Should be a high scoring game. And most likely a preview of things to come. If the offense doesn't score more than 45 points, they should hang their heads in shame. The key will be in stopping Chappell. If we can hold them to 30 points, I'll be happy. (not really, but I'll take it.) Their running back is talented enough, but that O-line just doesn't run block very well, and we should have a sizeable advantage there.
I'm gonna say 48-28 good guys.
[Ed.: Bump. As the OP notes, this data is still very shaky four games in, but the amount of improvement in the offense is so great it can hardly be a mirage.]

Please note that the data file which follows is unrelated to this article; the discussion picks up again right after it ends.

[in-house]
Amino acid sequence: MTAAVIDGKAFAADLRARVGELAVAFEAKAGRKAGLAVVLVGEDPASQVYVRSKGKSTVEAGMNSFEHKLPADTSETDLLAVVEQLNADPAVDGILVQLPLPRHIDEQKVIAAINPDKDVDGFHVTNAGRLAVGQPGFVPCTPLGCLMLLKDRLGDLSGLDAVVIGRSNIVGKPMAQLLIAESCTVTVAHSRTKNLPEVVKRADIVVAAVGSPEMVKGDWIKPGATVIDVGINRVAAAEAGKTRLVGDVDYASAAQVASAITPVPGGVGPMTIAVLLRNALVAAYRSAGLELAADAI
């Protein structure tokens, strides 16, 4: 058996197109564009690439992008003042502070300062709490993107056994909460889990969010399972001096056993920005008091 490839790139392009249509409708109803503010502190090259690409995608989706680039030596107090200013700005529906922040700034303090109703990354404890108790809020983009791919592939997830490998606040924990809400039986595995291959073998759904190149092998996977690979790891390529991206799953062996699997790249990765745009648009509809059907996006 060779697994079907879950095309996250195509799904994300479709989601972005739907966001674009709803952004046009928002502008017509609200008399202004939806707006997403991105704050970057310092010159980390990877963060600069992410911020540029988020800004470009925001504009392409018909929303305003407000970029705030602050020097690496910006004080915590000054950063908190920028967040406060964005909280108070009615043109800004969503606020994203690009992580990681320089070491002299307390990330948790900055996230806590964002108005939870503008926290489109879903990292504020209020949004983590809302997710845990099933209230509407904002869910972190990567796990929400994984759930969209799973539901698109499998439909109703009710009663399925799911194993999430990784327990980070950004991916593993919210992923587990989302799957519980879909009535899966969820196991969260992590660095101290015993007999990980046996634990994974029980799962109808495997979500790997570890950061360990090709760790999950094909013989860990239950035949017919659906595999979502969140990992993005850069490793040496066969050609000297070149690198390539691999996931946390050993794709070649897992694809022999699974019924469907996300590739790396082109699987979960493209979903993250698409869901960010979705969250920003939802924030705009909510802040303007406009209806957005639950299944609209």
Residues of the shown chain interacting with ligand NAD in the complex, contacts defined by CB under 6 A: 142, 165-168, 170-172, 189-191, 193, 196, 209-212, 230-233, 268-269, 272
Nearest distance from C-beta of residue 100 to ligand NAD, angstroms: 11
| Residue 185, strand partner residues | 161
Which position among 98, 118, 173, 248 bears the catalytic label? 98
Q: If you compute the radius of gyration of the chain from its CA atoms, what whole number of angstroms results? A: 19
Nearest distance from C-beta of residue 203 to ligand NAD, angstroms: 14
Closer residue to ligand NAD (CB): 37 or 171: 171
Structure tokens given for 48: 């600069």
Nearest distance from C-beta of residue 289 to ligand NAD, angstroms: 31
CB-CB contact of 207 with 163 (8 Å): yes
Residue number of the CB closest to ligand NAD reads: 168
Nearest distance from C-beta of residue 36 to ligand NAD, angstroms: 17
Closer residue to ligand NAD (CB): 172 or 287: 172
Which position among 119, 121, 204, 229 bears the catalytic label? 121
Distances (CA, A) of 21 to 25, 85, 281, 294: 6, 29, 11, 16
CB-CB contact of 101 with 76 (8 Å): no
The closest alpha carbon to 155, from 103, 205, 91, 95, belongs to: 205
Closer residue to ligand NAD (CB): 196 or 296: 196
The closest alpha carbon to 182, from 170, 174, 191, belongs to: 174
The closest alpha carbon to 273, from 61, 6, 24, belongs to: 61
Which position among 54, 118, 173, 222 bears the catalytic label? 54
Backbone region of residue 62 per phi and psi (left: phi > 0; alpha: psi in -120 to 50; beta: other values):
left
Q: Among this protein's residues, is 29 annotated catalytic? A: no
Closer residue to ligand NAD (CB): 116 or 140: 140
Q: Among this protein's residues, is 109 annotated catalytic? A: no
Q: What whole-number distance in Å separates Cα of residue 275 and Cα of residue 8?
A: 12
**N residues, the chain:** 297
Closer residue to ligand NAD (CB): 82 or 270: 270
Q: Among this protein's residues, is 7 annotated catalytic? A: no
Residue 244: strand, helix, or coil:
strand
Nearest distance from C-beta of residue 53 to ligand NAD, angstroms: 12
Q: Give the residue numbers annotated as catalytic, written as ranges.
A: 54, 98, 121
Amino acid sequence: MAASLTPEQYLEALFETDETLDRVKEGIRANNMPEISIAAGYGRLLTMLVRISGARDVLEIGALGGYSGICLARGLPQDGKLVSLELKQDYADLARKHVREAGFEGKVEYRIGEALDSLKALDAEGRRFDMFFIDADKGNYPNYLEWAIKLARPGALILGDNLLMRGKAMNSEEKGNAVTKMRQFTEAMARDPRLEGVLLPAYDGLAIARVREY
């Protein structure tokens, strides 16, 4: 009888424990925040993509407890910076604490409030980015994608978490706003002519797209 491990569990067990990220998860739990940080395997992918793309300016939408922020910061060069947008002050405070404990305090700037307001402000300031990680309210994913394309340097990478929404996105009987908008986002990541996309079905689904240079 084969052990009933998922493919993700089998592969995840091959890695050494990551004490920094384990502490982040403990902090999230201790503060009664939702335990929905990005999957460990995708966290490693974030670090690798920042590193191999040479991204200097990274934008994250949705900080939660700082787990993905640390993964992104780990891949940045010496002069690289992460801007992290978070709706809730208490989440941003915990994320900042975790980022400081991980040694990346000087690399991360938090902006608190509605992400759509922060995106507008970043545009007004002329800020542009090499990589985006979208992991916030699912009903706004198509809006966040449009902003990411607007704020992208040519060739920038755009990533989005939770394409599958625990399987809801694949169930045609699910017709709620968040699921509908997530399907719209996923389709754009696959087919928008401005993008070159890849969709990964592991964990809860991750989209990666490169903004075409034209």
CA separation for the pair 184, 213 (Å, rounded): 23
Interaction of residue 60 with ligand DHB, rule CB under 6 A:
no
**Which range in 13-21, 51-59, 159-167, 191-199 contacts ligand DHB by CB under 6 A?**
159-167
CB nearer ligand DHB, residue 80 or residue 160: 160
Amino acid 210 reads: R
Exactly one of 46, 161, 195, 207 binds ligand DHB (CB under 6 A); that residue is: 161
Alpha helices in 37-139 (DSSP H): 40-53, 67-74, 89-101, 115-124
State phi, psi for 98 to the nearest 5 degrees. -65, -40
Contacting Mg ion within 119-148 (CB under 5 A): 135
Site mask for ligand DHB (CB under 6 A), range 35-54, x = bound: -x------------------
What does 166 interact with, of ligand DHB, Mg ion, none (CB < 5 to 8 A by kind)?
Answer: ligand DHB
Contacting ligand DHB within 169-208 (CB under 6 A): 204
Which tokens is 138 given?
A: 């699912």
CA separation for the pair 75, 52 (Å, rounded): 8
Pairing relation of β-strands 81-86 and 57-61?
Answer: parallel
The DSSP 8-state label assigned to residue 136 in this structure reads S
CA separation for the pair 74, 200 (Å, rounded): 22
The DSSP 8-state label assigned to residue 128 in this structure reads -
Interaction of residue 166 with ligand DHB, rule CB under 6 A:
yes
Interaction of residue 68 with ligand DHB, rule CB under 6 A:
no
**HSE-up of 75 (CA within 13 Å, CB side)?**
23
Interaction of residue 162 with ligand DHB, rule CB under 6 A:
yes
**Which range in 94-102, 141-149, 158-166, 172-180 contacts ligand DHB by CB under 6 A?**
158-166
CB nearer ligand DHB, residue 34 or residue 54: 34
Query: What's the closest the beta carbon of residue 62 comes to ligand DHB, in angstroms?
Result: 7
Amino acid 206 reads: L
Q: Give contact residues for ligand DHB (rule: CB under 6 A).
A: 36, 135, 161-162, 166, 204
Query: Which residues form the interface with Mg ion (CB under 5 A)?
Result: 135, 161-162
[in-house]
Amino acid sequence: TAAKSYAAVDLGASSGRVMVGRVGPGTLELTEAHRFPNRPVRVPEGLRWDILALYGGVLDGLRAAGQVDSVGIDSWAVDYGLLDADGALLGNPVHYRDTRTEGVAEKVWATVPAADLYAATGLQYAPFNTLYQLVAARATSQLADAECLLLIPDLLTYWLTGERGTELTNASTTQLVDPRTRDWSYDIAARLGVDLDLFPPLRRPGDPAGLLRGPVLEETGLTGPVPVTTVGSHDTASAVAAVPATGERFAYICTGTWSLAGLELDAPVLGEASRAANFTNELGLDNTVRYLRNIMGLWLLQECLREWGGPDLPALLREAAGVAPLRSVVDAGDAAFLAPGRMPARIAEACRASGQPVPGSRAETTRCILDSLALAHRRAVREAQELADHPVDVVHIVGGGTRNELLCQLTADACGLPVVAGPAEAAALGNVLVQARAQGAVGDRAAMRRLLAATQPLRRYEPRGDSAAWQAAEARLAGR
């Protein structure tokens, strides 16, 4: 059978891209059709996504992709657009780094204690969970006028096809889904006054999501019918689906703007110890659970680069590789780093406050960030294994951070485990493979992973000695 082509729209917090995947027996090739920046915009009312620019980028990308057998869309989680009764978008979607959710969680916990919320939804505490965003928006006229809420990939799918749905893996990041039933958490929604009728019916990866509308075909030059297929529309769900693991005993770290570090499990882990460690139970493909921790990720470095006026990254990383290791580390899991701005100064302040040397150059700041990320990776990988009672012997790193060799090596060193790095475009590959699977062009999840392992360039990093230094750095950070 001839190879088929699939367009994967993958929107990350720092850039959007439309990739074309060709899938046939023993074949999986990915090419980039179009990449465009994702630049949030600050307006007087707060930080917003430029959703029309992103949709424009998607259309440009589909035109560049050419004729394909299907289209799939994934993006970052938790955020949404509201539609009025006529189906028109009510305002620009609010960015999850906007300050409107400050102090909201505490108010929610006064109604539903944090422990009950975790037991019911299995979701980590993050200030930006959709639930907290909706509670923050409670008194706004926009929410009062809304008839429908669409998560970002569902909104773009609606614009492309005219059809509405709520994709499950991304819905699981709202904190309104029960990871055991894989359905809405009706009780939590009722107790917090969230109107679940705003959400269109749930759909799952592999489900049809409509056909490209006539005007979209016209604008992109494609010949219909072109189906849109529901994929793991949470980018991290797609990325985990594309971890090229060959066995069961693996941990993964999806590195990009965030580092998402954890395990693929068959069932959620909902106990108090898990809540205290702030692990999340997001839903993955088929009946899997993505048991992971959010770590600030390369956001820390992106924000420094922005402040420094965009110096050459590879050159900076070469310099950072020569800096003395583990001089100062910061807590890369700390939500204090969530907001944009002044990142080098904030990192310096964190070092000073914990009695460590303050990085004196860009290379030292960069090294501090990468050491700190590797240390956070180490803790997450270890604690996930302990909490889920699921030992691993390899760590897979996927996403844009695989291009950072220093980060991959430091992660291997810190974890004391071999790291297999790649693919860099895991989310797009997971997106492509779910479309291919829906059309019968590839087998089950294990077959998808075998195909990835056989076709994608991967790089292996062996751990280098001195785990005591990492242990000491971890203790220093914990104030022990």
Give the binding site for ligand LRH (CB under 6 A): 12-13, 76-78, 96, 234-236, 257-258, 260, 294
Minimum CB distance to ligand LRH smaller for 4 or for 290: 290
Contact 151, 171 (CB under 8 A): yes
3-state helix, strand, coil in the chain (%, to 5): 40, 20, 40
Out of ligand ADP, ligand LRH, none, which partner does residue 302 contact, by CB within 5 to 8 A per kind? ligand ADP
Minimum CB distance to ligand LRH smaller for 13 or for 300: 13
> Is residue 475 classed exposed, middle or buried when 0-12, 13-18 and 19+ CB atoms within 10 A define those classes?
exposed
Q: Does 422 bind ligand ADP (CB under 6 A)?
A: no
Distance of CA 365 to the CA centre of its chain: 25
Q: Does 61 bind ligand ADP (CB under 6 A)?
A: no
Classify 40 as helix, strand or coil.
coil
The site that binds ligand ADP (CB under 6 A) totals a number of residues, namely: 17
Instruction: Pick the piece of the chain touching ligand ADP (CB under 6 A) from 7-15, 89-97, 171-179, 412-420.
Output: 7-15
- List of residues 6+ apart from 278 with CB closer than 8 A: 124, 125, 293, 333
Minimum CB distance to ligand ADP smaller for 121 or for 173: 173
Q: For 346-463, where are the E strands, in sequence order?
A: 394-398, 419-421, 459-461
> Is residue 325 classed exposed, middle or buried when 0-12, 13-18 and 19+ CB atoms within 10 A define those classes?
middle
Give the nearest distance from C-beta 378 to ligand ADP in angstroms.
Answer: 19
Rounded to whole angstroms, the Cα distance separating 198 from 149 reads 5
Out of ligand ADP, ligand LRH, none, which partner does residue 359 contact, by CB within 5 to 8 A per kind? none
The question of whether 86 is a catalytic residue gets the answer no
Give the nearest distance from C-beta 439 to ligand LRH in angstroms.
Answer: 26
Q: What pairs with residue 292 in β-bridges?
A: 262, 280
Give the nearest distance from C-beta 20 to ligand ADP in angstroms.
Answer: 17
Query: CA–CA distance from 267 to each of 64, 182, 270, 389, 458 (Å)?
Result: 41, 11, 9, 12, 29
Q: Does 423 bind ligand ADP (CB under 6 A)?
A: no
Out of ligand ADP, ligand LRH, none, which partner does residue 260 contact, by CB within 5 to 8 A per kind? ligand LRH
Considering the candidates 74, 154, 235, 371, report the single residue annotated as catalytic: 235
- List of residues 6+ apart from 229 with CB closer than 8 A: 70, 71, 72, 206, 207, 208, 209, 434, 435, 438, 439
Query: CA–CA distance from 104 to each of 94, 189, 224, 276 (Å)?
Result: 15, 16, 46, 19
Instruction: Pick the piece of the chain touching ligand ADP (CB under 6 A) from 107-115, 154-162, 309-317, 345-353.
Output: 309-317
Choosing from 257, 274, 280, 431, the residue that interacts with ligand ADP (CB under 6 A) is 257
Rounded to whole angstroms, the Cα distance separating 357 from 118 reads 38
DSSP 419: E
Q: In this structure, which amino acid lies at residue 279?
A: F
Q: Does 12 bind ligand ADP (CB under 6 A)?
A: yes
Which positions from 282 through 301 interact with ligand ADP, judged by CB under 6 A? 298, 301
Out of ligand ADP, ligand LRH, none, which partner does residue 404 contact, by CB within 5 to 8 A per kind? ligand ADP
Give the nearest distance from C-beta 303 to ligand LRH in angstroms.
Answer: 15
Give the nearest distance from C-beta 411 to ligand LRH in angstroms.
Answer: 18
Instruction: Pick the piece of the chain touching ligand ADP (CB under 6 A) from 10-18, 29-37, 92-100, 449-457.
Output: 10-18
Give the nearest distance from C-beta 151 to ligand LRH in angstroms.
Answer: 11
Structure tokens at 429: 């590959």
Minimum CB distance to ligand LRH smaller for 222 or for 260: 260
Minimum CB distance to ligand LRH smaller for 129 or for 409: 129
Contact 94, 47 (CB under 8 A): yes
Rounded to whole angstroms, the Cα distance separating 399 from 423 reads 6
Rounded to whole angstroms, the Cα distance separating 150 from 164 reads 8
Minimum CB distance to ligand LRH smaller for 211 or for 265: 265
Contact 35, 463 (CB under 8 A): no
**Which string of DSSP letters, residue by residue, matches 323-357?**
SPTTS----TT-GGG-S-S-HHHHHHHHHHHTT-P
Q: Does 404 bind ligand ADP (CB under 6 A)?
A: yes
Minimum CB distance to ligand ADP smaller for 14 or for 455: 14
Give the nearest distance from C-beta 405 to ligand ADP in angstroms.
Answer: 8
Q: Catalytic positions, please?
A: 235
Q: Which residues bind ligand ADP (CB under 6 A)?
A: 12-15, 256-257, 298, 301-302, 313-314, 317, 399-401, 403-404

In my post the other day, Why should 2010 not be another 2009?, I looked at what our offense has accomplished in 2010 relative to what it had accomplished at this point in the season in 2009. It had two meaningful results:
1) This years' offense draws its potency from highly reproduceable, base set offensive plays, unlike the high variance scrambles and special teams play of 2009.
2) This year's offense is putting up far superior numbers to what they did a year ago (up 28%!!) against as-good or slightly-better competition (77th strength-of-schedule in 2010 vs 114th in 2009).
The Conclusion From the Former:
Our offense will come back to earth from meteoric numbers in out-of-conference play, BUT we have statistically significant evidence to believe that our offense will be far more reliable than last year due to depth, experience, and dilithium.